For the most part, weightlifting is boring. Nobody-- especially people who spend the majority of their physical life outside amidst beautiful landscapes-- enjoys spending time in a gym, picking up weights, moving them around and then putting them back down. It's boring as hell. It's never going to be as fun as floating along mountain ridges, glissading down scree fields or making a hard-earned summit just in time to watch the sunrise. But, as hard as it is to hear, lifting weights (properly) can make you a better, stronger, more efficient, less-injured runner.
If you're going to waste your precious time moving weight around, it better be directly leading you to more FUN. It better be an amazing supplement to what you like to do most... and if you're even a little bit like me, that almost always involves moving my body up, down and along rugged, variable terrain. So that's what I'm here to do: show you some (hopefully) engaging movements that you will feel the benefit of out on the trails and in the mountains, doing what you love.
The Hang Clean:
There are only a couple lifts that are actually Olympic events all in their own: The Snatch and the Clean. The bench press or the squat don't fall under this category and if you've ever done an Olympic lift, you certainly understand why. Similar to running, the clean is seemingly simple movement with an endless amount of subtleties that demand your attention, nuances that need to be mastered. As you begin to learn more, you realized how little you once knew...
The key to the Hang Clean is your hip extension. The strongest movement the human body makes, but-- unlike a squat-- the clean is a power movement, where time is a component. You start with your feet around shoulder width (where you feel natural) and your hands positioned slightly outside your knees. After deadlifting the bar off the floor, bring it to the "hang" position, slightly above your knees, with your arms extended and your hips in flexion (bent).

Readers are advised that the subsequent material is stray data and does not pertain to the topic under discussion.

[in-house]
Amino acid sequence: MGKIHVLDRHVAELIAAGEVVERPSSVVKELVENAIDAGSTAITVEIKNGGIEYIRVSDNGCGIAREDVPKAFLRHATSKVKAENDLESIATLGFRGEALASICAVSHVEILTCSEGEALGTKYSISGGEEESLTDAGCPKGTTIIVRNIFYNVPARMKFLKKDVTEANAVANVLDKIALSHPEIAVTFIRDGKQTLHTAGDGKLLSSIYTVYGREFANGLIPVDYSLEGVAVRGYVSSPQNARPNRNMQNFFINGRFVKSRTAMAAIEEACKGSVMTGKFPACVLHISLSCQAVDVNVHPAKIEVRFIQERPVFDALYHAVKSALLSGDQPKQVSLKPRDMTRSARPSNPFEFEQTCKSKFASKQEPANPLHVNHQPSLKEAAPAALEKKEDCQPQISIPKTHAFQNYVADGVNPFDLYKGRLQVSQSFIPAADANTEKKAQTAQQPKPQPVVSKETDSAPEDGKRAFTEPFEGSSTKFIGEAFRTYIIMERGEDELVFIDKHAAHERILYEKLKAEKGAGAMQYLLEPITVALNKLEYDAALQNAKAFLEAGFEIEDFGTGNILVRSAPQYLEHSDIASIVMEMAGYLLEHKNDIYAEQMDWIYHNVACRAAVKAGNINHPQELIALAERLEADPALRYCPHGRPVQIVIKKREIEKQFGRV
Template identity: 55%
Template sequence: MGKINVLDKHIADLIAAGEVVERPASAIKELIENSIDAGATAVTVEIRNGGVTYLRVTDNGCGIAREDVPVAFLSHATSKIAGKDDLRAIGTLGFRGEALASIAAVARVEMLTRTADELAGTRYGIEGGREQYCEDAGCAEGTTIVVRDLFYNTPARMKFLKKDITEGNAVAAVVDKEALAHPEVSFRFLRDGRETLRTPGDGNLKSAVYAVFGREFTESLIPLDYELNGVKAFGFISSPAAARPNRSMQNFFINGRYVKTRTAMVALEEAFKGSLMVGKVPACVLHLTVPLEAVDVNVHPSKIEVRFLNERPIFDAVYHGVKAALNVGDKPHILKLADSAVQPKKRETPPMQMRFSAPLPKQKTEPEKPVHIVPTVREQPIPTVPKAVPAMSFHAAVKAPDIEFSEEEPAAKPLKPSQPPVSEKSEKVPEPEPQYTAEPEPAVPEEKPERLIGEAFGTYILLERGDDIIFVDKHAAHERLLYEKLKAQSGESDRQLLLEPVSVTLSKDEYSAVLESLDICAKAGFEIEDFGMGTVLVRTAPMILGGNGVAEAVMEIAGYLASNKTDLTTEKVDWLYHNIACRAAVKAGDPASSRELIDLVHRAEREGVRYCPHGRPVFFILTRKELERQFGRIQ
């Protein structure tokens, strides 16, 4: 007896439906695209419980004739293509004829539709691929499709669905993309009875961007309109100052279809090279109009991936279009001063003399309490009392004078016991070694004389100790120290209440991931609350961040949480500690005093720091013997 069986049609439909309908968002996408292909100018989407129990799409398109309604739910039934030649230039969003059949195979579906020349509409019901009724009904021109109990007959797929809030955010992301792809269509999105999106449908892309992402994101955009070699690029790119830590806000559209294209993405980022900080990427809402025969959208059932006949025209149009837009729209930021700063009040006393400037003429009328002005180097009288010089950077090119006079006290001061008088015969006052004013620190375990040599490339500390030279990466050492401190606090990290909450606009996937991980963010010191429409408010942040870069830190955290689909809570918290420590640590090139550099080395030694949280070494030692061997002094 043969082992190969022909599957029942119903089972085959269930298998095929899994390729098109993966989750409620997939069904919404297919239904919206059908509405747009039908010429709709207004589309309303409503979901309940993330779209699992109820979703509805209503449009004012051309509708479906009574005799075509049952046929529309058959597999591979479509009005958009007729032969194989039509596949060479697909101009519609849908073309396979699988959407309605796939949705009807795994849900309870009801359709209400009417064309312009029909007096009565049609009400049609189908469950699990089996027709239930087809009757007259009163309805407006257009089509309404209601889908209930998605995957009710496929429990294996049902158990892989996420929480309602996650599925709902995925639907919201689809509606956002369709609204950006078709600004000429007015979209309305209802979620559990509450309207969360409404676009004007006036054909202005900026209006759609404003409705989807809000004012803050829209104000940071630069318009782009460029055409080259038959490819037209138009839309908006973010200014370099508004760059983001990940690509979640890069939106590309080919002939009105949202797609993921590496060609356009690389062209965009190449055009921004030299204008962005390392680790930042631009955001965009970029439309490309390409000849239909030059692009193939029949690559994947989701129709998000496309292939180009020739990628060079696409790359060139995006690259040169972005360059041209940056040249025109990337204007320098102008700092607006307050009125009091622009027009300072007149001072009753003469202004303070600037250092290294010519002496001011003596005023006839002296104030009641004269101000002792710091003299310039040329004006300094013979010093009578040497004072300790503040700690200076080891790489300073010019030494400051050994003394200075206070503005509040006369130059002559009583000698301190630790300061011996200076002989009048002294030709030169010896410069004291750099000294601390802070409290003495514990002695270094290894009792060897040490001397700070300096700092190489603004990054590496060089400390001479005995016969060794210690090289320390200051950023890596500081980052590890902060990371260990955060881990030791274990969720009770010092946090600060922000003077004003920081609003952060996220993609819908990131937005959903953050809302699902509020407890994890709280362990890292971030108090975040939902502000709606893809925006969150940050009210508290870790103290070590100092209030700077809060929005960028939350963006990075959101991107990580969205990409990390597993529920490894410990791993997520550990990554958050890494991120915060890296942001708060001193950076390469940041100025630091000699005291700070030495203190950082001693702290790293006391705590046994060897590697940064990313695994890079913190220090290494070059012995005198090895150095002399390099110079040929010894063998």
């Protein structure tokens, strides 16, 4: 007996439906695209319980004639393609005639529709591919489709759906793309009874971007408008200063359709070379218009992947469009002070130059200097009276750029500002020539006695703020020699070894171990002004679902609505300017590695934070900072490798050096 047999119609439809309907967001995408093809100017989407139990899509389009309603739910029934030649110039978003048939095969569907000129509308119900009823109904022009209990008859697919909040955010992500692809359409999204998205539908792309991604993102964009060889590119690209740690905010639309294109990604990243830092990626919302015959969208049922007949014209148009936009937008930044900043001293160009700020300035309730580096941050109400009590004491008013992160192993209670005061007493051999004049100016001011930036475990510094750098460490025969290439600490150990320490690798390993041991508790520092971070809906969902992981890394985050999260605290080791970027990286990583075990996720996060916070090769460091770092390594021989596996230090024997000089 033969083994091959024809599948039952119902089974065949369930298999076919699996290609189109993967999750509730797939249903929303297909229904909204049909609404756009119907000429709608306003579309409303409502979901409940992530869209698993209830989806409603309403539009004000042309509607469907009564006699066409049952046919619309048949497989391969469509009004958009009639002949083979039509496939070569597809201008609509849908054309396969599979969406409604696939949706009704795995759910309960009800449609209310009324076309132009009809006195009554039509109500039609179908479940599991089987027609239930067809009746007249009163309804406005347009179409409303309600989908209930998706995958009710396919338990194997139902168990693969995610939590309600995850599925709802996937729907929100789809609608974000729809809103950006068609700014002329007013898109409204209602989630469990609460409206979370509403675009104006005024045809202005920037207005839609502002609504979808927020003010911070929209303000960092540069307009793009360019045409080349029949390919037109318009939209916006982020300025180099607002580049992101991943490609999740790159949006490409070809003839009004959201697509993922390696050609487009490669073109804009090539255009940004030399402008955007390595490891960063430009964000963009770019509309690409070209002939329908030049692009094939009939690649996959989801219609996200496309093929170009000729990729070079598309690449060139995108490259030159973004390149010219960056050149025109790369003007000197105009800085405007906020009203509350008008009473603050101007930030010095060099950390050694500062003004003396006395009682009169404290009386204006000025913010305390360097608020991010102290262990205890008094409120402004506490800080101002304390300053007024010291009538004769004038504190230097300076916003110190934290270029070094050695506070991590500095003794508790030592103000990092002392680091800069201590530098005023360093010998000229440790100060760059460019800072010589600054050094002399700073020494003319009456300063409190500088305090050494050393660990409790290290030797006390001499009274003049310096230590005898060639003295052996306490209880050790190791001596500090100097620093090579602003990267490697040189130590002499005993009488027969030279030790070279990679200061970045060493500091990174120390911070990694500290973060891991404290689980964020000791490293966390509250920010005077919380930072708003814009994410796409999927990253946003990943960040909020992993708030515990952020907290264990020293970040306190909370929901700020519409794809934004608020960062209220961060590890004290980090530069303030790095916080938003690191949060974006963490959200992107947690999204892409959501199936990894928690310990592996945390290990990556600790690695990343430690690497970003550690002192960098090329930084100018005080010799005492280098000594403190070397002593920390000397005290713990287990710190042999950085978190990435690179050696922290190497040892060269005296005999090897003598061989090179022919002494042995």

You initiate the movement with your hips, extending them powerfully and allowing the barbell to begin to float toward the ceiling. Avoid muscling the barbell with your upper body, the biggest trap that beginning cleaners fall into is trying to "reverse curl" the bar with their arms (tiny muscles) instead of relying on the hips (big muscles). Essentially all you're doing with your arms is guiding the bar up along your body (the closer, the better). Then as the bar reaches it's peak, you drop underneath as much as necessary while you let your arms rotate around the bar catching it against your clavicle in the front squat position, with your triceps parallel to the floor. You finish the movement by standing upright and fully extending your hips.
This movement may take some time to master, but I guarantee it will be fun. You'll leave the gym and find yourself thinking about it, visualizing the different phases... itching to perfect it. Olympic power moves are not only difficult and fun but they're also the perfect supplement for a trail runner. As endurance athletes, we spend the vast majority of our time working the slow-twitch fibers, neglecting the ever-important fast-twitch side of things, the side that keeps your stride rate snappy, your climbing ability explosive and your downhill footwork precise.
Learn to clean. It'll be more fun than the other crap you do at the gym and you'll see the benefits all over the trails.